• Eva Treiber
Physics competitions like the German Physics Olympiad aim at strengthening students' interest in physics, fostering their physics competencies and contributing to ensure a sufficient amount of personnel in the field of STEM. However, if participants get negative feedback on their performance, for instance by failing early in the competition, they might conclude that they are not good enough at physics. This could harm their physics self-concept and let them turn to other domains, so the competitions' goals would be missed. Additionally, to solve the tasks in the German Physics Olympiad, both physics and mathematics knowledge is needed. So, students’ failure could be due to a lack of the physics or mathematics knowledge required. Using the German Physics Olympiad as an example, this dissertation investigates: whether mathematical requirements can indeed be a problem in physics competitions, which causes participants perceive as relevant for their competition result, and how their self-concept is affected. In a first study, sample solutions of tasks used in the German Physics Olympiad are analyzed to identify their mathematical requirements. In a second study, the identified mathematical requirements are compared to Gymnasium mathematics curricula from four federal states to estimate to what extent the participants should be expected to possess the needed mathematics knowledge. A third study examines the participants’ perception of the causes of their competitions result, i.e. qualifying or not qualifying for the next selection round (hereafter referred to as attributions). Additionally, relationships between the participants’ attributions and their physics as well as mathematics self-concept are investigated.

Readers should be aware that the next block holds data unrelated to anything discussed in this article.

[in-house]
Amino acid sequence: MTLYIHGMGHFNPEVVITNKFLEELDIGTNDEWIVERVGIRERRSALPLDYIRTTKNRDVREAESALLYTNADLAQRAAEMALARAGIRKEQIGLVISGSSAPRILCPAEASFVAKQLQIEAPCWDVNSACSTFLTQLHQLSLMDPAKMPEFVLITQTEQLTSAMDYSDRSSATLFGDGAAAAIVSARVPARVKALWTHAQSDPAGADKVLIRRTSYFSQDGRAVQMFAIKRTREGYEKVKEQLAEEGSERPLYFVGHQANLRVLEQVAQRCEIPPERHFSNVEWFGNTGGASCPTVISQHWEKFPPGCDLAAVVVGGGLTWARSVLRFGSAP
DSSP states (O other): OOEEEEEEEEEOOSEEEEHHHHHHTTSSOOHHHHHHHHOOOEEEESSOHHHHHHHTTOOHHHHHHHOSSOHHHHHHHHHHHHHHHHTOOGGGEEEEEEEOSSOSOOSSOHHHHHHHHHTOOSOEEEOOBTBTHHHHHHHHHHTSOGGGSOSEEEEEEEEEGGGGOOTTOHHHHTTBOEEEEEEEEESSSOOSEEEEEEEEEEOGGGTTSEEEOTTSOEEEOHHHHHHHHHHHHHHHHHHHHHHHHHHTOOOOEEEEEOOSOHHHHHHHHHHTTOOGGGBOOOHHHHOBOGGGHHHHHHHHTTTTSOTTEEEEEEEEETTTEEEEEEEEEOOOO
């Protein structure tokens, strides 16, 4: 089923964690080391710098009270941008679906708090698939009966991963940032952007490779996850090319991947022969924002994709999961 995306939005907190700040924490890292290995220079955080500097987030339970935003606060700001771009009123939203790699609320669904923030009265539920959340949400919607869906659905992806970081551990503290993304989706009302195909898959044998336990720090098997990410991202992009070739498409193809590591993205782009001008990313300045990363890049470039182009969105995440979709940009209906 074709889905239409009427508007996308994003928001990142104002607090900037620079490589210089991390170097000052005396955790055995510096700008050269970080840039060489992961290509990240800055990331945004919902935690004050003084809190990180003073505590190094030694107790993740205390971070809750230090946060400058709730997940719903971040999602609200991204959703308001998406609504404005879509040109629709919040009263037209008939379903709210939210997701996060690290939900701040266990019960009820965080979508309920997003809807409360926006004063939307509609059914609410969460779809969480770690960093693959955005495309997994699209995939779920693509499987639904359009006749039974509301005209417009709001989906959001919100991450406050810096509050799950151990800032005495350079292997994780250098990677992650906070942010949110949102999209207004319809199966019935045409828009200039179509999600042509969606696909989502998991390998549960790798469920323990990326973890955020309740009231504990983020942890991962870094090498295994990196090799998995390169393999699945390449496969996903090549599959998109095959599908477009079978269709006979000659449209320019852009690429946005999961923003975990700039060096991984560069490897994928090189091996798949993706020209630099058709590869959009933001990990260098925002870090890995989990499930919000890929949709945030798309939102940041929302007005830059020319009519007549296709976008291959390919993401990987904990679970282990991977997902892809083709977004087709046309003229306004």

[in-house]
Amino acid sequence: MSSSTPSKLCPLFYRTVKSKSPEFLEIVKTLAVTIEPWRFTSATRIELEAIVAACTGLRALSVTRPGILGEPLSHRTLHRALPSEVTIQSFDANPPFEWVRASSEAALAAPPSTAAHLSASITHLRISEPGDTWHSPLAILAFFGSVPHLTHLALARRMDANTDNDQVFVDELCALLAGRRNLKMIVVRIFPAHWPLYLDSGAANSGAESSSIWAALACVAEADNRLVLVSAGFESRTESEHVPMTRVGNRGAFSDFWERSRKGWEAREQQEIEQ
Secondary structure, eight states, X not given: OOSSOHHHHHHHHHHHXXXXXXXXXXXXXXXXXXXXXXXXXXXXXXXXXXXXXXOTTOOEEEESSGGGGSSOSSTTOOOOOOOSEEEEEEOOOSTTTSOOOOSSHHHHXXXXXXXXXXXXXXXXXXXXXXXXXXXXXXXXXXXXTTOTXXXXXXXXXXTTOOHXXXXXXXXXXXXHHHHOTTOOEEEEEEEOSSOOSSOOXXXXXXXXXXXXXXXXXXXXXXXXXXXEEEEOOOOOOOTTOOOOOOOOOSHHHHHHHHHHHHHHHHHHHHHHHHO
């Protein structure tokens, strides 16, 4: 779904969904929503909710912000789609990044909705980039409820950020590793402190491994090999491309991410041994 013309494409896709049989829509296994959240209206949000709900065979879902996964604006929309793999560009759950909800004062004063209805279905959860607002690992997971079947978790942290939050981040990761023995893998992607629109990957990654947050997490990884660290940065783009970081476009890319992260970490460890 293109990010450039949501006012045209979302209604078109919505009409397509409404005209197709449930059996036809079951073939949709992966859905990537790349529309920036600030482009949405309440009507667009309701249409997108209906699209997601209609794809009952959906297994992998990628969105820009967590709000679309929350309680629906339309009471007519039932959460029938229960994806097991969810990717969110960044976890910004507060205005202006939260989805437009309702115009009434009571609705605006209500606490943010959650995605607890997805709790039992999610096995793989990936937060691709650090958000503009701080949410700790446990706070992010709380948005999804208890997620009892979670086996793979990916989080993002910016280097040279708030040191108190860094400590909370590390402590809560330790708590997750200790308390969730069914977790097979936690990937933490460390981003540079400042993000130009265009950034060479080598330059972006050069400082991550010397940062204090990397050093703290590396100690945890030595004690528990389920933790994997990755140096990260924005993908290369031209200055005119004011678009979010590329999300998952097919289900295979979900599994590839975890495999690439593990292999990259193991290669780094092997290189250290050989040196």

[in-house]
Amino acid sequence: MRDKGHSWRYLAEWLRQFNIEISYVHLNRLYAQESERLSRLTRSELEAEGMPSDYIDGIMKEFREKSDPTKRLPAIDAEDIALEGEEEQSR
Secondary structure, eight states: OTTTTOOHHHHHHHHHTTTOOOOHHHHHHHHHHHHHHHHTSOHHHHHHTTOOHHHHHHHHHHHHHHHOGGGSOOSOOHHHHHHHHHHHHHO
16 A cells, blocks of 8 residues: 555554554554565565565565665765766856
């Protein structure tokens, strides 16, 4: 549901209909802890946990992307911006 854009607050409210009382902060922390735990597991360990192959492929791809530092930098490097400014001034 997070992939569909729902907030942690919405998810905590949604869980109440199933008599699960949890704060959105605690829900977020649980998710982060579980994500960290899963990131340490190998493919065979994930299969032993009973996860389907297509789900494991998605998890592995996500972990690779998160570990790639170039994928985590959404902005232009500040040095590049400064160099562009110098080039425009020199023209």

Original languageGerman
Place of PublicationKiel
Number of pages197
Publication statusPublished - 06.2020

    Research areas

  • Attribution, Fostering talented students, Mathematics in physics, Self-concept, Science competitions for students

ID: 1382920